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High prices spawn search for energy alternatives


High prices spawn search for energy alternatives

By Jack Markowitz
Sunday, May 18, 2008  

Price lessons are painful. We’re receiving two of them right now. Gasoline is going up, houses coming down. And we don’t like either direction.Here’s another paradox. With fuel prices, all our sympathy is on the buyer’s side. In housing, we side with the sellers. 

It’s just too fast and scary, whatever is pushing regular unleaded to numbers never before seen over the gas pumps — $3.57, $3.72, $3.85. Where will it end? Surely above $4 a gallon by summer. Is this a foreign plot? Domestic profiteering?

Politicians to the rescue, inevitably and superficially. They’ll tax those oil company “windfalls,” by thunder! Or remove the tax at the pump from us the consumers, at least for summer. Genuinely or not, they seem to feel our pain — as buyers.

Or as sellers, if it’s a house at the root of the misery. Lawmakers’ instincts are to side with builders and homeowners. To help the latter stay in their houses, if possible. And to keep prices from sliding more. Never mind the would-be buyers who would welcome lower prices. Lots of luck with this balancing act.

But say this for the market signals that higher fuel prices are giving us. Consumers and especially industry are quickening the search for alternatives and renewables, fuels that might help make America freer of foreign supply. More domestic drilling and refining would make the most sense of course; and it probably will come in time.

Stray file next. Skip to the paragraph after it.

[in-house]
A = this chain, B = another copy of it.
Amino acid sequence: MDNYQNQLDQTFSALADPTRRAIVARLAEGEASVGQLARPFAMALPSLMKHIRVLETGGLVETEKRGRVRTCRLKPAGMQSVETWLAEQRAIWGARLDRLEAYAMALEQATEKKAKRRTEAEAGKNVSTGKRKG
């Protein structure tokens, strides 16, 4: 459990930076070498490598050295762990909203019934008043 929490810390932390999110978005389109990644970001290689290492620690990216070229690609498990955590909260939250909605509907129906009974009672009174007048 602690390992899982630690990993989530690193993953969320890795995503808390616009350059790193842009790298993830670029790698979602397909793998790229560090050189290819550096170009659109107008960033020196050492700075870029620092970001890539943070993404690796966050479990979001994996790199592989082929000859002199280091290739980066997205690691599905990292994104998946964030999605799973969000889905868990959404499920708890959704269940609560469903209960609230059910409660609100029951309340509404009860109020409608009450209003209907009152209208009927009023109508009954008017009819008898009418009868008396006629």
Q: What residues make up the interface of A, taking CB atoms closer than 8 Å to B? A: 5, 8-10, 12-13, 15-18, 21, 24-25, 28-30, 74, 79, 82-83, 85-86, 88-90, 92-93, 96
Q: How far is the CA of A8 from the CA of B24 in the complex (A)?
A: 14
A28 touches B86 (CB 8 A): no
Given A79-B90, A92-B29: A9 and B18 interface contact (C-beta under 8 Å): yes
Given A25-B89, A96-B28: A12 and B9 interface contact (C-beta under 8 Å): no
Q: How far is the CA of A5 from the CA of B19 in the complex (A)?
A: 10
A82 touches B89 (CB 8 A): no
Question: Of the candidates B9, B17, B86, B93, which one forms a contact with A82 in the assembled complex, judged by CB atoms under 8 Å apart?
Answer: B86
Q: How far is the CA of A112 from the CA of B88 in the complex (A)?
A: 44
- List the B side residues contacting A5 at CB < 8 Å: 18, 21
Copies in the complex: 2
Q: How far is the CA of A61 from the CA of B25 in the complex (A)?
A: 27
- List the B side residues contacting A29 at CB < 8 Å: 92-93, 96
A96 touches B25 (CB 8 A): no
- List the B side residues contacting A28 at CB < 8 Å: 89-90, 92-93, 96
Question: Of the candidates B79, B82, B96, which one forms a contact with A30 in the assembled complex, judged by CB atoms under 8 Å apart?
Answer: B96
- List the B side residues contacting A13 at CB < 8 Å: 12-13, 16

But keep in mind the school of thought that has passionately advocated higher energy costs all along. Raise taxes at the pump, if we have to, to get that price up! Otherwise, we’ll never buy fuel-saving cars in sufficient quantity. Or leave the car at home altogether and take the bus.

So the market place is telling us to do just what the conservationist doctor would order. That’s not quite an outrage.

Just in the past week a consortium of U.S.-based Honeywell, Pratt & Whitney and JetBlue Airways, and Europe’s Airbus and Rolls-Royce announced they’re developing a “bio-fuel” that won’t compete for your food dollar. By 2030, they hope to fill nearly a third of the world’s airline tanks with a jet fuel made from vegetation and algae-based oils. Not kerosene from the $120 petroleum barrel.

Separately, DuPont Co. and a Danish firm plan to make “cellulosic” ethanol not from edible corn, but from cornstalks and sugar cane stalks. Agricultural waste, in short. Their $140 million plant will be built in the United States, and be up and running by 2012.

A Royal Dutch Shell executive said there’s “plenty of oil in the world,” but whoever restricts supply — read Saudi Arabia, Venezuela et al — are in fact spurring alternatives such as wind, solar and nuclear energy and Canadian tar sands. While legions of inventors, too, are laboring in garages, basements and research labs to devise better batteries, appliances and gadgets to save kilowatts and BTUs. 

Cheap energy won’t get all this work done; high prices might.

Retired business editor Jack Markowitz writes Sundays and Thursdays. He can be reached at[email protected]. and its sister non-profit websites,,,,,, and are owned by John Donovan. There is also a Wikipedia feature.

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